TECHON is one of the largest conferences to bring students and semiconductor industry leaders together to discuss progress of new materials and processes created by more than 100 of the top engineering universities in the SRC network. Del Alamo and Andrew Neureuther, professor emeritus from UC Berkeley, were recognized by the SRC as outstanding professors in SRC-supported, chip-related research and education for 2012.
In receiving this award, del Alamo is cited for his Feasibility Study of InGaAs-based Quantum-Well Field-Effect Transistors for Ultra High Speed, Low Power Logic Applications. The SRC press release notes: "Dr. del Alamo's research includes the fabrication of nanometer-scale transistors with world-record high frequency operation, as well as the investigation of the use of III-V compound semiconductors to enable a new generation of deeply scaled transistors for future digital applications."
Del Alamo leads his research program on compound semiconductor transistor technologies for millimeter wave and future logic applications at the MIT Microsystems Technology Laboratories where he is also associate director. For several years, he and his students have been investigating the potential of compound semiconductors made out of elements from columns III and V of the periodic table (“III-Vs”) to enable a new class of nanometer-scale transistors for future digital applications. His goal is to extend Moore's law by several generations of technology using III-Vs. Using the same materials, del Alamo's group has also worked toward pushing the state of the art in high-frequency transistors. The InAs High Electron Mobility Transistors his group has developed over the last several years have broken the world record for the highest frequency response of any transistor type fabricated in any material system.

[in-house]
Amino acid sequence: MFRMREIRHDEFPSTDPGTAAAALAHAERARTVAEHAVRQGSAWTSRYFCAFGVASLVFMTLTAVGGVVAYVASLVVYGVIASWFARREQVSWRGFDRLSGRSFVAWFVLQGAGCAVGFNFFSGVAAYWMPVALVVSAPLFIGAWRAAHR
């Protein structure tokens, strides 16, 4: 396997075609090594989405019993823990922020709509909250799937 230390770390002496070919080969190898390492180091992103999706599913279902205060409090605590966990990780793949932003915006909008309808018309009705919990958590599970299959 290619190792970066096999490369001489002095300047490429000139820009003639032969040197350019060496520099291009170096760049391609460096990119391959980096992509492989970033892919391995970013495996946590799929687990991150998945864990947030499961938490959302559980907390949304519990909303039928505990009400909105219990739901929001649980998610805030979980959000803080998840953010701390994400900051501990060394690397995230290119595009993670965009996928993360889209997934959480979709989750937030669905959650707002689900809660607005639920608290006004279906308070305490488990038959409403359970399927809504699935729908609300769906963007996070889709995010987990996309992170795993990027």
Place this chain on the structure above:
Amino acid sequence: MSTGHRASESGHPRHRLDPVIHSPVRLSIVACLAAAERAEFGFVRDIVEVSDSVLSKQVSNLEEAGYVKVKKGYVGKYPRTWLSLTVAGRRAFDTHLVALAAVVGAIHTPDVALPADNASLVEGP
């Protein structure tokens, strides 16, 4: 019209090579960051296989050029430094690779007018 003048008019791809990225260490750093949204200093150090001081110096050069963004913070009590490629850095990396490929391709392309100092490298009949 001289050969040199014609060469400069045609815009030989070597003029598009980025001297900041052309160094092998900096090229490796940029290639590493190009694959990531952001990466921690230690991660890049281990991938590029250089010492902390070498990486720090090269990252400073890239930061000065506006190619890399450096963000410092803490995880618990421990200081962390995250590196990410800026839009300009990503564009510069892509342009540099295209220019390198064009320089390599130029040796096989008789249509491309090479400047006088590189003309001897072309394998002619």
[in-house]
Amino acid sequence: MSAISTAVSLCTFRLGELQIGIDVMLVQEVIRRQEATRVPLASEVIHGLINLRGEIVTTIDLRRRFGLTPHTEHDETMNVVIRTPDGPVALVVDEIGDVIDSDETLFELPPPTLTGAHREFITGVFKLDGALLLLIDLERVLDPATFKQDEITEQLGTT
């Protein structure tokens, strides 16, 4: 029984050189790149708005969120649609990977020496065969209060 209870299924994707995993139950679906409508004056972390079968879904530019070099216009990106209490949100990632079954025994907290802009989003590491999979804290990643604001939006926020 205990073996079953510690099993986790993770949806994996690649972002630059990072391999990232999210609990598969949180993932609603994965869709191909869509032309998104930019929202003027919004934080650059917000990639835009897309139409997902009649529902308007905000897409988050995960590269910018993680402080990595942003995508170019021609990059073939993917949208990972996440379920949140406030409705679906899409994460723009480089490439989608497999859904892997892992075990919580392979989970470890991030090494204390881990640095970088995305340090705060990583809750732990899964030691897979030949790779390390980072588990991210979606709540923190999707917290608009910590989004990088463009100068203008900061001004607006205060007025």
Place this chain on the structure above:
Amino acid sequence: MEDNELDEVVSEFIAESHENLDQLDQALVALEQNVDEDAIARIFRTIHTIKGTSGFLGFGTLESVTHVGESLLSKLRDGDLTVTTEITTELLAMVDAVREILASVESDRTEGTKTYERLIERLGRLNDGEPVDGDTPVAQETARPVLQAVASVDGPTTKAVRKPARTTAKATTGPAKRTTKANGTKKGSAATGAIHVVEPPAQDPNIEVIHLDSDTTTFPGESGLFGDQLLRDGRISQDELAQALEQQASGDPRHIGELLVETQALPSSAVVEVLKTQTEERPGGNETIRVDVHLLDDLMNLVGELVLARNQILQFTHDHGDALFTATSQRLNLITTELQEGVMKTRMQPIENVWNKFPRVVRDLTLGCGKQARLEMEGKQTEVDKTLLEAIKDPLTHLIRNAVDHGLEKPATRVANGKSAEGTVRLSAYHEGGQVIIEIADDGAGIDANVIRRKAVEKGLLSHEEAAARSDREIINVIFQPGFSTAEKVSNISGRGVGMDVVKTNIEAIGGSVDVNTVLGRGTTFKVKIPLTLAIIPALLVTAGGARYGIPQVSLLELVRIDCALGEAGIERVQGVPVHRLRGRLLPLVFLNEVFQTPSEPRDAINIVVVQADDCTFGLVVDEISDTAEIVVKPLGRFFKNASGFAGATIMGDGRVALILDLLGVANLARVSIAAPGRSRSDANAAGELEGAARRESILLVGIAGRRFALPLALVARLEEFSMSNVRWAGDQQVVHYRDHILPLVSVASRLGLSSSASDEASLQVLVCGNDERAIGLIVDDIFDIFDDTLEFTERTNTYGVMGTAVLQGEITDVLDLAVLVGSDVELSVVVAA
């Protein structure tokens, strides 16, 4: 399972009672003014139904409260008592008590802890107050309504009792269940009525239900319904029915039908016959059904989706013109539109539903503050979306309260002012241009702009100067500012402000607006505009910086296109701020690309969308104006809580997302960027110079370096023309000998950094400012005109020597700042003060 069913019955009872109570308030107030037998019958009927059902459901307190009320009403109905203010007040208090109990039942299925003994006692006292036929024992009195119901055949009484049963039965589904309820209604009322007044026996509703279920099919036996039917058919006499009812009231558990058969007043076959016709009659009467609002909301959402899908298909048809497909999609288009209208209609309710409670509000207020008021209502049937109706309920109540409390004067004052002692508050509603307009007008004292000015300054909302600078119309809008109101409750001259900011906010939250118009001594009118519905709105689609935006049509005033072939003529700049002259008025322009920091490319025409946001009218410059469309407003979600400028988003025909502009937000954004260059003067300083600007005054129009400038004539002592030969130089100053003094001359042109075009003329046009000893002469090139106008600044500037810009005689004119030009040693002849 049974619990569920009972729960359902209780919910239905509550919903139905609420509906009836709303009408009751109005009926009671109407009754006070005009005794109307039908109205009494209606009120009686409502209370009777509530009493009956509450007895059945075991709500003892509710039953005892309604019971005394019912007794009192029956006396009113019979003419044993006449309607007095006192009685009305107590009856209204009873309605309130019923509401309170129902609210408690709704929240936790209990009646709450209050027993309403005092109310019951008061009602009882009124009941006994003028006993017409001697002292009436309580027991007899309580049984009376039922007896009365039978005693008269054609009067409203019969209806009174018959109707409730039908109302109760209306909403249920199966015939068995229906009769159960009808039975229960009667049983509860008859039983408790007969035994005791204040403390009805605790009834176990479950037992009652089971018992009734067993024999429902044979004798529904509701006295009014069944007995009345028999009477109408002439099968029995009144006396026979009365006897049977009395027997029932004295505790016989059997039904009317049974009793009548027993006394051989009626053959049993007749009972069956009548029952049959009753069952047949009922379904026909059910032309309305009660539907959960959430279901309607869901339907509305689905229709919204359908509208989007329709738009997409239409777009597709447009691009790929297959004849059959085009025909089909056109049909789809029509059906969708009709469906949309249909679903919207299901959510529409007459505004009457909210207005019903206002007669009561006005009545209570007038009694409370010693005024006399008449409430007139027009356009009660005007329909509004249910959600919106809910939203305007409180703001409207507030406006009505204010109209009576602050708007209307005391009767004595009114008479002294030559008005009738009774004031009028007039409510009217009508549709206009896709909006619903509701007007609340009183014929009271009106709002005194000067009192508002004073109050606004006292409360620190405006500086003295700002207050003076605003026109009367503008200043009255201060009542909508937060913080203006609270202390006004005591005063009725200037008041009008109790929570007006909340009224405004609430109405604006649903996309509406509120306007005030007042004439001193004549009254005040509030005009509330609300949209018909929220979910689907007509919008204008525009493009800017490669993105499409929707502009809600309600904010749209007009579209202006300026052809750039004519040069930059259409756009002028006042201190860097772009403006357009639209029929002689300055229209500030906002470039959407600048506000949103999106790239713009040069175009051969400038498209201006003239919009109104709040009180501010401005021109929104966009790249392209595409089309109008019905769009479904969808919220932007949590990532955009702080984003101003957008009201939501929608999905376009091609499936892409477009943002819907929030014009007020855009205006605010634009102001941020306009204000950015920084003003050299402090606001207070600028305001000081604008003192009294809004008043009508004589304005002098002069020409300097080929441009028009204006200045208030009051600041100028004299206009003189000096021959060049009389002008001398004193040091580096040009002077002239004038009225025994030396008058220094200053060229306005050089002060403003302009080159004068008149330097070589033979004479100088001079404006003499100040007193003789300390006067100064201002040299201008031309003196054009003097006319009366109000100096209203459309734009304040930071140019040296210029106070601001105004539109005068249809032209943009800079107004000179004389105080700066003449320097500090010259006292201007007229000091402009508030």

In response to receipt of the SRC Technical Excellence Award, del Alamo said, "I am deeply honored by this recognition that comes from an institution that has done so much to foster progress in semiconductor science and technology. It is a thrill to be part of this community and to work with smart and dedicated students and supporting colleagues in pushing forward the microelectronics revolution. The partnerships between university and academia that the SRC creates and nurtures are critical elements of a healthy microelectronics ecosystem.”